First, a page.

Originally published November 28, 2010 at midnight, updated November 28, 2010 at midnight
Farm Security Administration photographs from Kansas
In the Farm Security Administration's collection of 164,000 images, taken between 1937 and 1945, there are close to 1,000 images from Kansas. These images document the rural life and small town scenes in the state following the Dust Bowl and the Great Depression.
In October of 1938, photographer John Vachon made a stop in Lawrence and took a picture of the exterior of the Granada Theater, 1020 Mass. Visible in the frame is a Jayhawk Taxi, a Baker University automobile and the Union Bus depot. The Marx Brothers’ movie “Room Service” is on the theater marquee, and the coffee shop next door is advertising 35 cent dinners. We don’t know why Vachon documented this particular scene, but the caption reads “Southern California architecture in Lawrence, Kansas.” Whatever his motivation, this image appears to be the only photograph from Lawrence among 164,000 in the Farm Security Administration collection of photographs in the Library of Congress.
The FSA was created in the Department of Agriculture in 1937. It was one of President Franklin Roosevelt’s New Deal programs designed to assist poor farmers during the Dust Bowl and the Great Depression. Great Bend native Roy Stryker headed a photography section of the FSA, sending photographers across the country to gather pictorial evidence of the country’s condition. In the collection are some of the most famous documentary photographs ever produced. Among the young and talented group, in addition to Vachon were Walker Evans, Dorothea Lange and Fort Scott native Gordon Parks.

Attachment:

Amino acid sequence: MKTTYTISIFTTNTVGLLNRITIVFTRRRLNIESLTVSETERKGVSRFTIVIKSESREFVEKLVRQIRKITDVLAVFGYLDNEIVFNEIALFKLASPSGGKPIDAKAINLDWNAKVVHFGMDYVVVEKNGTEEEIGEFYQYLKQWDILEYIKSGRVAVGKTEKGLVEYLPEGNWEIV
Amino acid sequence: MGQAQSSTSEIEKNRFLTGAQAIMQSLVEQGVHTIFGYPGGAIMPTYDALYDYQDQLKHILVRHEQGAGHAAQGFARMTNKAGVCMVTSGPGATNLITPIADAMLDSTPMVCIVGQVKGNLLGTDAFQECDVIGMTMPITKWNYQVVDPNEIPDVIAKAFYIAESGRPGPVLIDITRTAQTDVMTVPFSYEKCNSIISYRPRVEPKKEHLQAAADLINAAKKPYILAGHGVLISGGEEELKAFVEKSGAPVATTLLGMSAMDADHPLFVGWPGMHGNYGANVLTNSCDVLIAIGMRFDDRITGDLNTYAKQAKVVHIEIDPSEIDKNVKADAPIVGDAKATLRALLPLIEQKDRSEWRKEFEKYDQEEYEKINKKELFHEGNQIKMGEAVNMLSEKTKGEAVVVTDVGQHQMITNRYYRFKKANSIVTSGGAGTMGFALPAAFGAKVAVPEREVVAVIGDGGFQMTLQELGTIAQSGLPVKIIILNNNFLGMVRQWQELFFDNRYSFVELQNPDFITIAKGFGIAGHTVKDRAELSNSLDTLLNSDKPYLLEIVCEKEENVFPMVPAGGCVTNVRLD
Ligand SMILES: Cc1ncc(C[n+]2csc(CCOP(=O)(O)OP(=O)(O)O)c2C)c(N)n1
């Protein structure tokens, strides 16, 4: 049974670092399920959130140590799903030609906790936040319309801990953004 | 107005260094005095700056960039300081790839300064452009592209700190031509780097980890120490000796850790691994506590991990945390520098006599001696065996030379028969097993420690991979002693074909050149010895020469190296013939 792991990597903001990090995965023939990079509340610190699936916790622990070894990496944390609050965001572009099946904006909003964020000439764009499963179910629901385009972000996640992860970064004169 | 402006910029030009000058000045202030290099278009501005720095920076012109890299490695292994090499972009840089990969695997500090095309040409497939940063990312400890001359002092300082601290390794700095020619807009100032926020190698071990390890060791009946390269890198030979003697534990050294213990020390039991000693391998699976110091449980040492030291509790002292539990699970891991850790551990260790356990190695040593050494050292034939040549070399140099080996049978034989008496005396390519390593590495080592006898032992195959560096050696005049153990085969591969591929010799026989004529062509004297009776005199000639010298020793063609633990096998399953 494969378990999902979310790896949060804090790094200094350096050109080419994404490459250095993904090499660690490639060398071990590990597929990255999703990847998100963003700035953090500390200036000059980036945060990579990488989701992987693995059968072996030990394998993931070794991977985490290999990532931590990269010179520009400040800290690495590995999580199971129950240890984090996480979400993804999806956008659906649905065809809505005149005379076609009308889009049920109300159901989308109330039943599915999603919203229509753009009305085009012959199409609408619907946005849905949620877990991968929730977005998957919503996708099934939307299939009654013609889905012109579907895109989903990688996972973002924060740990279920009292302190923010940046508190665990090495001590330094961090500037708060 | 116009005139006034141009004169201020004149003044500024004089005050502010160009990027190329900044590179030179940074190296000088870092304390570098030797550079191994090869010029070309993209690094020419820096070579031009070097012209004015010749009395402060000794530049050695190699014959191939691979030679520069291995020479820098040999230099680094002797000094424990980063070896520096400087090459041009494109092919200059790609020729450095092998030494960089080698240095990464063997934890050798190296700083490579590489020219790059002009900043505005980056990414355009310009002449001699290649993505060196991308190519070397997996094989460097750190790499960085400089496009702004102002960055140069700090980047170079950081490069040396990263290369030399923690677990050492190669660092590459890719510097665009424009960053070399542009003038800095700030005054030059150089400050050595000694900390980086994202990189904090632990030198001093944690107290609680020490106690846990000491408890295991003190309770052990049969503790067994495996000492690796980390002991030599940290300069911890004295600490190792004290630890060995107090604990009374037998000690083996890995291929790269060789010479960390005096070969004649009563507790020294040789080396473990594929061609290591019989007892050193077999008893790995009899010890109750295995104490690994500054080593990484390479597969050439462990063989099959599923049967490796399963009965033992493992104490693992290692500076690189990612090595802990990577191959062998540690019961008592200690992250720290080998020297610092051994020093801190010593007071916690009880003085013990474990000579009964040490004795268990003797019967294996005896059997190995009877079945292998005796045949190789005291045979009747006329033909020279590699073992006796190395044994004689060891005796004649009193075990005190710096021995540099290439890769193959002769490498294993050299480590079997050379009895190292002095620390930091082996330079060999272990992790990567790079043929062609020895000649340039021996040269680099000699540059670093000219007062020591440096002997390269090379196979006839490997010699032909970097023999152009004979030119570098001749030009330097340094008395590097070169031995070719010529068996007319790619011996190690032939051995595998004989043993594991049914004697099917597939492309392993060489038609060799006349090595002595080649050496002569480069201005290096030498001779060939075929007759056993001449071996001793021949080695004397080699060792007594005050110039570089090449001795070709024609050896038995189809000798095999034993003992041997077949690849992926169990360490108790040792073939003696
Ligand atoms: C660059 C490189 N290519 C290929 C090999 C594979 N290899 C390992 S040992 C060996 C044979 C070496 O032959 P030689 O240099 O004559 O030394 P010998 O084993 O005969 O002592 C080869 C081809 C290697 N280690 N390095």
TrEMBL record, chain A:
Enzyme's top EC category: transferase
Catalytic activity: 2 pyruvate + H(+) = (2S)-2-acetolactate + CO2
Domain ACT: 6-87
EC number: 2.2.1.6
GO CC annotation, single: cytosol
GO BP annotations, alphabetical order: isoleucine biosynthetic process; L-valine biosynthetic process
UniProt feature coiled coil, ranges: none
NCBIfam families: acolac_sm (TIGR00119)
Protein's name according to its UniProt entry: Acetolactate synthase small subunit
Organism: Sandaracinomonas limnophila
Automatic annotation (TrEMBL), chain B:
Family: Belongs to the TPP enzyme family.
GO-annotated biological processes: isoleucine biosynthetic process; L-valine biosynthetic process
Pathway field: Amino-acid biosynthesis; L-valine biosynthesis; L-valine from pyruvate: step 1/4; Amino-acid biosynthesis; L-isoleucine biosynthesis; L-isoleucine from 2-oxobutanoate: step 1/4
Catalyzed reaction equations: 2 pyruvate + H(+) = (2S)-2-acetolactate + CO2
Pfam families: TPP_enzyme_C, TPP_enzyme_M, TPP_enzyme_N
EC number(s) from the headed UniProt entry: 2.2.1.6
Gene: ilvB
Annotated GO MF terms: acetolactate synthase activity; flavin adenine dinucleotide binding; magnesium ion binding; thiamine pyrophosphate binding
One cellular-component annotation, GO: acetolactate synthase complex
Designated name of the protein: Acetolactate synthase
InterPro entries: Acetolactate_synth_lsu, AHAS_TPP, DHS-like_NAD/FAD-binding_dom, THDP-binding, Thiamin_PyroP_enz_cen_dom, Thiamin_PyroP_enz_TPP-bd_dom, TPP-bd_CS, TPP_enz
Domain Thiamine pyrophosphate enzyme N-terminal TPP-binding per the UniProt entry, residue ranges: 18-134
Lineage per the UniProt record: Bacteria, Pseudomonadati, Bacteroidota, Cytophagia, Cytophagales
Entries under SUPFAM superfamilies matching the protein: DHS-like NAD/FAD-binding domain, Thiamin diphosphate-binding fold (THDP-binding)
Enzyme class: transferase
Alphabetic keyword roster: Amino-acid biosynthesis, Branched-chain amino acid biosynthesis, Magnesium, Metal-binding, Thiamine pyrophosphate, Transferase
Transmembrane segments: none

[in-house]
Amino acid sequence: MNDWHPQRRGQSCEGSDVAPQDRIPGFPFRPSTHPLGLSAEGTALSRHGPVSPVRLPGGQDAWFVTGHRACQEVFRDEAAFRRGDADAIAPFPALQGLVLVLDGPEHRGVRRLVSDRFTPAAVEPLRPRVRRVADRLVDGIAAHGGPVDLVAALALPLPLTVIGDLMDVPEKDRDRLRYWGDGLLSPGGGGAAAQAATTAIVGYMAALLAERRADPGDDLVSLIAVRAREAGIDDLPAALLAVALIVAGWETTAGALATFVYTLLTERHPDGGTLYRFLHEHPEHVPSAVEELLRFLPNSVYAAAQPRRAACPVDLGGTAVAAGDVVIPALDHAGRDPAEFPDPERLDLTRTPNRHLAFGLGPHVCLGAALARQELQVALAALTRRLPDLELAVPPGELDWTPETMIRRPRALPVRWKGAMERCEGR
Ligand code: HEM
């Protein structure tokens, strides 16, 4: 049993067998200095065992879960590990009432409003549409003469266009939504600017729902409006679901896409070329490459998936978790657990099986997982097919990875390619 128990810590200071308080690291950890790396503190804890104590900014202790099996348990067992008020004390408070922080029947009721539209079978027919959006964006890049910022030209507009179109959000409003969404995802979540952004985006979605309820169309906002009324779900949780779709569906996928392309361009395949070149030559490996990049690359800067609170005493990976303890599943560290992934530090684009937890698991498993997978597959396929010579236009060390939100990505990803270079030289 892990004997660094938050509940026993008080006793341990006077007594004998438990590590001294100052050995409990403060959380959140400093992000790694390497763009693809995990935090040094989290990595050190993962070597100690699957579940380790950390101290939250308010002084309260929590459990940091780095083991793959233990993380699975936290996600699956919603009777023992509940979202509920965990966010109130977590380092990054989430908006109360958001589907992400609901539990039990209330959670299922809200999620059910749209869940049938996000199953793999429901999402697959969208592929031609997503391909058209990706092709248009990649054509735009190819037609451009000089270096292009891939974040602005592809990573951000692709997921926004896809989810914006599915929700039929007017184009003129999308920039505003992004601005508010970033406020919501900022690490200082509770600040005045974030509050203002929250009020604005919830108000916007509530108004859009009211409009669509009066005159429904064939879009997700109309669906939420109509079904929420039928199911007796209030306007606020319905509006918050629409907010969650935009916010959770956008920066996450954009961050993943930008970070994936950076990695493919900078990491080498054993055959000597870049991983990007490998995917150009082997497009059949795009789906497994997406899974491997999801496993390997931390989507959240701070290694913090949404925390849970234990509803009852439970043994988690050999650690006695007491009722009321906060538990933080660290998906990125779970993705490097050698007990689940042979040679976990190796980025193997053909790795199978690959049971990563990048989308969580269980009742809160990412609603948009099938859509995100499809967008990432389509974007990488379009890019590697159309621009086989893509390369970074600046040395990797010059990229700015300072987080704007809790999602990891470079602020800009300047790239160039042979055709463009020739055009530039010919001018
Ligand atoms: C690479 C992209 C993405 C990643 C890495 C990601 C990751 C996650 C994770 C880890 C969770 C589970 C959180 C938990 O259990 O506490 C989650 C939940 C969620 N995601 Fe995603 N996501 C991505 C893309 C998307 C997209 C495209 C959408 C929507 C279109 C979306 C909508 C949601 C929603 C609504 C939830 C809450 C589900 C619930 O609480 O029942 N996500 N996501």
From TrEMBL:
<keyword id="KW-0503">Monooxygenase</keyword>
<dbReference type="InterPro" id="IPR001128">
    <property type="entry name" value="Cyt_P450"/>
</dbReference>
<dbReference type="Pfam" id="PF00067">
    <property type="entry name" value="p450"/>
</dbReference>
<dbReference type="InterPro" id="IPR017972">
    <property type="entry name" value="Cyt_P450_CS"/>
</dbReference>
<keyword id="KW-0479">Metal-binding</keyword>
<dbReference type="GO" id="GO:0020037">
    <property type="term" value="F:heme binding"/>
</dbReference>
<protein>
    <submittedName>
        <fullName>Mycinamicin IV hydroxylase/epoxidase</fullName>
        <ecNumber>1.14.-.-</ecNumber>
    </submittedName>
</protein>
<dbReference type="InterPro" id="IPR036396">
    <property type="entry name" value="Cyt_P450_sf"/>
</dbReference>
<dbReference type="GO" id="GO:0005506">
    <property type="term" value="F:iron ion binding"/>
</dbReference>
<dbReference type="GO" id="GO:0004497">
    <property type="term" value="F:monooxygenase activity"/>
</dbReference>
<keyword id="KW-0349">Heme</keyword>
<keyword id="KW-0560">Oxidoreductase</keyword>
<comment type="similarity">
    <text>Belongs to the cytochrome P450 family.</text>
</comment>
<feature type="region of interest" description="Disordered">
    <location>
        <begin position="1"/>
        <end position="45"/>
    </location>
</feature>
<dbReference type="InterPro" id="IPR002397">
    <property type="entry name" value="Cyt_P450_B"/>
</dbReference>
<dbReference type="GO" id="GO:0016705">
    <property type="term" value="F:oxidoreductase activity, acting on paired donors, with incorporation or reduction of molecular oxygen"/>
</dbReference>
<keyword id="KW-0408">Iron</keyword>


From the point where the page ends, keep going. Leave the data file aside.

Vachon spent two weeks in Kansas before heading north to Nebraska. He photographed a farm auction in Oskaloosa and documented people on the town square there. He fell in love with the “ecstatically magnificent Great Plains.” In 1973 Vachon wrote about his 1938 trip. “I got into dozens of farmhouses (What a wonderful job I had: How else could I have ever been in a farmer’s house in Red Willow County?), and I photographed the whole family sitting down to dinner,” Vachon said. “And there were the towns! I was 24 years old, and this was America before the Holiday Inn.”
In Lawrence, Vachon may have attended the Marx Brothers’ movie or dined at the cafe next door, but there is record of only one image that documented his time here. But in the FSA collection, approximately 1,000 images are from Kansas. And because all the FSA photographers were working for the U.S. government, these images are accessible to everyone. For access to the entire collection go to http://memory.loc.gov/ammem/fsahtml/fahome.html.